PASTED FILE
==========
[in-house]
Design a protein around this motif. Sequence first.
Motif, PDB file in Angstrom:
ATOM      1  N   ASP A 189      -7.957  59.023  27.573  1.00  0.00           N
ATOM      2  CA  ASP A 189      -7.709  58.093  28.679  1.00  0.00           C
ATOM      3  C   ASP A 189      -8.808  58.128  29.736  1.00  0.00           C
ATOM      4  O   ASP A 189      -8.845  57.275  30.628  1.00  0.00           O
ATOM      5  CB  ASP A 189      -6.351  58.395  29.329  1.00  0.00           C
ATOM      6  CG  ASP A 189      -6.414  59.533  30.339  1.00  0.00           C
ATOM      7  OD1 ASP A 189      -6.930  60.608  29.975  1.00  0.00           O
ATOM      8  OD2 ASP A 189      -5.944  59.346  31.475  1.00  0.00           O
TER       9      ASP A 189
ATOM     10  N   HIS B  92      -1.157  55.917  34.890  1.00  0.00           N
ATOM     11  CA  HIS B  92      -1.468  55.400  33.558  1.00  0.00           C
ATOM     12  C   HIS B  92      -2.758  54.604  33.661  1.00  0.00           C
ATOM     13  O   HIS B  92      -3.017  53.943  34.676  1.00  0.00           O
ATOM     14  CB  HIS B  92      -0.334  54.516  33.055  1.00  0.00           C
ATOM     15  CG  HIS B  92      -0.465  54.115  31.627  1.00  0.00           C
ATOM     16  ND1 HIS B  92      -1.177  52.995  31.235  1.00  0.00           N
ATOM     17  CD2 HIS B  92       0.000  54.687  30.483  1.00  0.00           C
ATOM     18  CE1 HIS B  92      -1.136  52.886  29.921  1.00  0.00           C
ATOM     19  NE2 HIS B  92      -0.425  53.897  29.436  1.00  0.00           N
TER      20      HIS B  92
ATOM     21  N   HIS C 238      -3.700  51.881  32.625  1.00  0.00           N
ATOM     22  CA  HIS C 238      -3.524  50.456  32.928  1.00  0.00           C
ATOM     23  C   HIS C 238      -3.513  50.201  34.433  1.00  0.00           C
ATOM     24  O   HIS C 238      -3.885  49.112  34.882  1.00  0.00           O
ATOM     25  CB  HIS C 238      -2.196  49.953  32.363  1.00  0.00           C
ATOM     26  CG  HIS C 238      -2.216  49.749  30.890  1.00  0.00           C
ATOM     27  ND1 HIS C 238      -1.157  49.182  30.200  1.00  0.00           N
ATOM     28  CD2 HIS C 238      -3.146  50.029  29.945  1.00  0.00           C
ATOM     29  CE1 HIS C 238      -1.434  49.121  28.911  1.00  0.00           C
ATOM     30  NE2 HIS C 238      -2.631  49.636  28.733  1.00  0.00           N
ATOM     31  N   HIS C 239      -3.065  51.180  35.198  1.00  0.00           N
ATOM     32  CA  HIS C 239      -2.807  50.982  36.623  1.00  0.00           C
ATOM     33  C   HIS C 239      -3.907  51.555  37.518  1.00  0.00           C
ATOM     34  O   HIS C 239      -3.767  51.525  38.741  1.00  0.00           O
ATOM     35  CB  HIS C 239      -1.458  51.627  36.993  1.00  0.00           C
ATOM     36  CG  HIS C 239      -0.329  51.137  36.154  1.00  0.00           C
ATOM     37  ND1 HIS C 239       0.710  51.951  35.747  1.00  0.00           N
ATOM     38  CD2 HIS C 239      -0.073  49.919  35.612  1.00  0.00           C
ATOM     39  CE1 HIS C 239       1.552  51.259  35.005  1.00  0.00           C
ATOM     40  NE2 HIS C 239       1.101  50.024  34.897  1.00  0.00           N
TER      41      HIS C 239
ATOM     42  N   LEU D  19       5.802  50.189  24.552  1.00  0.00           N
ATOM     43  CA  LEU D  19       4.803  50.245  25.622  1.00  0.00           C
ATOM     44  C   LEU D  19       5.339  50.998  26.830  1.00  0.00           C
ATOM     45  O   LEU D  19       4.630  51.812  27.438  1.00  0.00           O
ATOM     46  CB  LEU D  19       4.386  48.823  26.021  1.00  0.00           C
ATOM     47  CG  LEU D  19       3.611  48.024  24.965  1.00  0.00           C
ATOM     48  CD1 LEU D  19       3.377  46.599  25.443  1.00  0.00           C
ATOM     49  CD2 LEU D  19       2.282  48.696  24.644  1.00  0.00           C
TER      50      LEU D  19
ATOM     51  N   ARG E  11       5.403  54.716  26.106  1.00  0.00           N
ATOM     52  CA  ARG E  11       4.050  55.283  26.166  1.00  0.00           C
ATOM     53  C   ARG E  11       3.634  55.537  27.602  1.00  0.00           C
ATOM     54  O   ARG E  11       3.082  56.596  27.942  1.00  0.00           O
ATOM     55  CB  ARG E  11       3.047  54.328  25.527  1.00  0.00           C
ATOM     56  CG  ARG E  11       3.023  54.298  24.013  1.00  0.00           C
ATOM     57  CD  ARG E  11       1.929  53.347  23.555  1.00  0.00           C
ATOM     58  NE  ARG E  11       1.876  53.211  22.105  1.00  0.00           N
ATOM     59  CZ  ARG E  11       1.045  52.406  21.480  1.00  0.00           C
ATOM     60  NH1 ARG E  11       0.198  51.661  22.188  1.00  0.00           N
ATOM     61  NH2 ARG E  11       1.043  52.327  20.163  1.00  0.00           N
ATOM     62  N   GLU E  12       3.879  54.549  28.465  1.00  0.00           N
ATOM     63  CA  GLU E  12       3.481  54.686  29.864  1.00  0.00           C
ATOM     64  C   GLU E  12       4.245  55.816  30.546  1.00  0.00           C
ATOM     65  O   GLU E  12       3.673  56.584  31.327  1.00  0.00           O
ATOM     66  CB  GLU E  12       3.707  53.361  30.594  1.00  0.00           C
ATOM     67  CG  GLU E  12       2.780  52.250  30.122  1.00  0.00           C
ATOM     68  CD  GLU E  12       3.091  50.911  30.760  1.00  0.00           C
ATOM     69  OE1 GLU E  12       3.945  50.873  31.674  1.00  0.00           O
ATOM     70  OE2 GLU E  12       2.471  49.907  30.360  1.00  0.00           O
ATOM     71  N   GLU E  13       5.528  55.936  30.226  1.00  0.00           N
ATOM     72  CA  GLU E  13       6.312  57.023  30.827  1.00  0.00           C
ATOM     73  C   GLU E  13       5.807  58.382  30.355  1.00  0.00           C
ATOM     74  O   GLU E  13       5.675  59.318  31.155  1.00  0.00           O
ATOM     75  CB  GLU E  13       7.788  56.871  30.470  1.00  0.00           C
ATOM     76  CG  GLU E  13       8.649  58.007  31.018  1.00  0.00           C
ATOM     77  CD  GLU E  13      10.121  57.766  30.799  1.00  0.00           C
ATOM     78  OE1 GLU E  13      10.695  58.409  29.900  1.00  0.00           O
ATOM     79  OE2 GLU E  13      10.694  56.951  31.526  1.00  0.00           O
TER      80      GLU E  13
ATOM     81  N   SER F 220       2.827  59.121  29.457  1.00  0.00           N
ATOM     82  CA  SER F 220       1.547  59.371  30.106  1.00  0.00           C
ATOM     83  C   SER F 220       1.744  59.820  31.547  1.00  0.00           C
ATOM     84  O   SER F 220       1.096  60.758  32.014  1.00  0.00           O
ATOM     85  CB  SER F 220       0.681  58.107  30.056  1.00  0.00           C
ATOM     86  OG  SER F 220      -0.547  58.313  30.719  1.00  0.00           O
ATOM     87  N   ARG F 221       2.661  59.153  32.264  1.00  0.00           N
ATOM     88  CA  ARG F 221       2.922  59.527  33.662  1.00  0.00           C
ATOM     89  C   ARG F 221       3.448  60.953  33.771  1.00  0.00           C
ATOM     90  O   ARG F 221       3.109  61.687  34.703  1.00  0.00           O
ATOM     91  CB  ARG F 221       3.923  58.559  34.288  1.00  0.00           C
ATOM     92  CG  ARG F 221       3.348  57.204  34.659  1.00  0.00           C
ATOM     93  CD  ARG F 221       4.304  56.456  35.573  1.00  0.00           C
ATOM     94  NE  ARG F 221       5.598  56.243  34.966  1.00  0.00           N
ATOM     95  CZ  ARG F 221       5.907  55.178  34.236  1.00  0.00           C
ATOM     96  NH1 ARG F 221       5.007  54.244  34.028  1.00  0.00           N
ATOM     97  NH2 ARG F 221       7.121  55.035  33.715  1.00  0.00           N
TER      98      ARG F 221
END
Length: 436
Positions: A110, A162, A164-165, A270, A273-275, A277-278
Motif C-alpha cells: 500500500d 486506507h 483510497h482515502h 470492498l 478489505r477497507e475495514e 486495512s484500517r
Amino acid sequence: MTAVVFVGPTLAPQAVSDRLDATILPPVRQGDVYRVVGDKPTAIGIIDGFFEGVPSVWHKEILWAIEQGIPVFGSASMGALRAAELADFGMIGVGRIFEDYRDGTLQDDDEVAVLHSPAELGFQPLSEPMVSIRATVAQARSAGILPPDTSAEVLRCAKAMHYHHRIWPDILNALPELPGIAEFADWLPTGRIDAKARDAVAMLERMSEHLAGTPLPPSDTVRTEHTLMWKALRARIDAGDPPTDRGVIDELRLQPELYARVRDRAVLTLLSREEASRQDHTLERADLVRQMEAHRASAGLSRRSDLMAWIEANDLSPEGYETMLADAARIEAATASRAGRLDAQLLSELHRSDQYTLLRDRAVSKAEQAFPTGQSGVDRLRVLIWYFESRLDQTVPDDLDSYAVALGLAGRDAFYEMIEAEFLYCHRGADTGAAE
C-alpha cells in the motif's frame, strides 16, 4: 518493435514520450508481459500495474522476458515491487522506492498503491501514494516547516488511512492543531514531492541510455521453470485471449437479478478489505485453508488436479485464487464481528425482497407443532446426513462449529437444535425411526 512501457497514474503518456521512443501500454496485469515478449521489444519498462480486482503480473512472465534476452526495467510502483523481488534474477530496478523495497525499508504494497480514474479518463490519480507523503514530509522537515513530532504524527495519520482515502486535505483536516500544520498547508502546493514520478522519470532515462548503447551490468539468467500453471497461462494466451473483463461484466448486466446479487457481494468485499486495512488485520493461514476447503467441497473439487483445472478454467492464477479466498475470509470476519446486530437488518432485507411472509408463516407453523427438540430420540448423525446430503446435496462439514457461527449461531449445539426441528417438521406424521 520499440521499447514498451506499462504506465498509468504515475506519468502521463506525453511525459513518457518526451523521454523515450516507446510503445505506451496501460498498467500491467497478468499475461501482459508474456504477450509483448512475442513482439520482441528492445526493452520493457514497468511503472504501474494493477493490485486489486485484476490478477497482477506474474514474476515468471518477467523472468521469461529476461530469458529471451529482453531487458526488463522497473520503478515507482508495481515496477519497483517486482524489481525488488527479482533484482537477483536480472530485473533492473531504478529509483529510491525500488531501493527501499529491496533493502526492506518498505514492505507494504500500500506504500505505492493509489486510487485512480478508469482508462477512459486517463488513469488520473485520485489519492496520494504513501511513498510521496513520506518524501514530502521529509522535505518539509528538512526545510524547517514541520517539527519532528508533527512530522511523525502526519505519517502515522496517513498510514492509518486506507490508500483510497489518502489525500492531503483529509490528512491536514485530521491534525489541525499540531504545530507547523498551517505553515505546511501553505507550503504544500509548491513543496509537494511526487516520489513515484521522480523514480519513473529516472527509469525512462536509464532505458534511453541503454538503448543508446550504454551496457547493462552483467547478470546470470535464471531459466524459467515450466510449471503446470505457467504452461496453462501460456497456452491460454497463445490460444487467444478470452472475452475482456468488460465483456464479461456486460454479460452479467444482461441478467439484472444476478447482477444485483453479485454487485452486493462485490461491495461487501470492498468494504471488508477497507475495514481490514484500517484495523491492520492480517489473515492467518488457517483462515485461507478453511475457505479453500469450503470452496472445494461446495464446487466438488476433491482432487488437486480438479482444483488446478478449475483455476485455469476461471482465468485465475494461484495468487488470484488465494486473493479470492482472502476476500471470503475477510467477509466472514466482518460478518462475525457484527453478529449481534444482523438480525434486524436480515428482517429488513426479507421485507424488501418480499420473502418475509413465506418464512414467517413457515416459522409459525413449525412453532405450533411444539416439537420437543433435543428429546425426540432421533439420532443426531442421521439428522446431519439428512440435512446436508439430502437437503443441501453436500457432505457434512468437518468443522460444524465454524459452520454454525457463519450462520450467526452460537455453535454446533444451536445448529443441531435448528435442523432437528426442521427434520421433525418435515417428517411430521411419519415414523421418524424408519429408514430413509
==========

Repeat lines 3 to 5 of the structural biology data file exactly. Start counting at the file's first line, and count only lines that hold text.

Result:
Motif, PDB file in Angstrom:
ATOM      1  N   ASP A 189      -7.957  59.023  27.573  1.00  0.00           N
ATOM      2  CA  ASP A 189      -7.709  58.093  28.679  1.00  0.00           C